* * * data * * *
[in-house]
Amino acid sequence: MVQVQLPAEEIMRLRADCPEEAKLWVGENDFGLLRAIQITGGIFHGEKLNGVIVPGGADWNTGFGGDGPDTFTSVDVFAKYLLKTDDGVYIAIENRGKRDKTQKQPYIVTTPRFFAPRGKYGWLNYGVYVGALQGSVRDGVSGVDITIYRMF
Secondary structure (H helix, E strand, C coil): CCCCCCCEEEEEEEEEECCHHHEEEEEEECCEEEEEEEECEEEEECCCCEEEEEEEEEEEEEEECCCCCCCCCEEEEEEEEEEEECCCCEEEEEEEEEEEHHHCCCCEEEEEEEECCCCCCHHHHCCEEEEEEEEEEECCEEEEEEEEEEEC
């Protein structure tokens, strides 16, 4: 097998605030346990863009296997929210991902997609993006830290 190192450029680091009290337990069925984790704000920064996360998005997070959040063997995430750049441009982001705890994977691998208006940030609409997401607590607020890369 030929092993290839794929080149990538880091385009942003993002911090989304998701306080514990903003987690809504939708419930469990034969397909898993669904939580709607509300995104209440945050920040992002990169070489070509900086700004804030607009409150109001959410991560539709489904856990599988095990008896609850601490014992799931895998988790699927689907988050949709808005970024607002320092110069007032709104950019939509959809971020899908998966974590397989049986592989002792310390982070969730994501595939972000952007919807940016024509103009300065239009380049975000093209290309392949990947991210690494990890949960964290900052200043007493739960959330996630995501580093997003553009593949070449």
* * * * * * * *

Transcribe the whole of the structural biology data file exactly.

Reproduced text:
[in-house]
Amino acid sequence: MVQVQLPAEEIMRLRADCPEEAKLWVGENDFGLLRAIQITGGIFHGEKLNGVIVPGGADWNTGFGGDGPDTFTSVDVFAKYLLKTDDGVYIAIENRGKRDKTQKQPYIVTTPRFFAPRGKYGWLNYGVYVGALQGSVRDGVSGVDITIYRMF
Secondary structure (H helix, E strand, C coil): CCCCCCCEEEEEEEEEECCHHHEEEEEEECCEEEEEEEECEEEEECCCCEEEEEEEEEEEEEEECCCCCCCCCEEEEEEEEEEEECCCCEEEEEEEEEEEHHHCCCCEEEEEEEECCCCCCHHHHCCEEEEEEEEEEECCEEEEEEEEEEEC
């Protein structure tokens, strides 16, 4: 097998605030346990863009296997929210991902997609993006830290 190192450029680091009290337990069925984790704000920064996360998005997070959040063997995430750049441009982001705890994977691998208006940030609409997401607590607020890369 030929092993290839794929080149990538880091385009942003993002911090989304998701306080514990903003987690809504939708419930469990034969397909898993669904939580709607509300995104209440945050920040992002990169070489070509900086700004804030607009409150109001959410991560539709489904856990599988095990008896609850601490014992799931895998988790699927689907988050949709808005970024607002320092110069007032709104950019939509959809971020899908998966974590397989049986592989002792310390982070969730994501595939972000952007919807940016024509103009300065239009380049975000093209290309392949990947991210690494990890949960964290900052200043007493739960959330996630995501580093997003553009593949070449």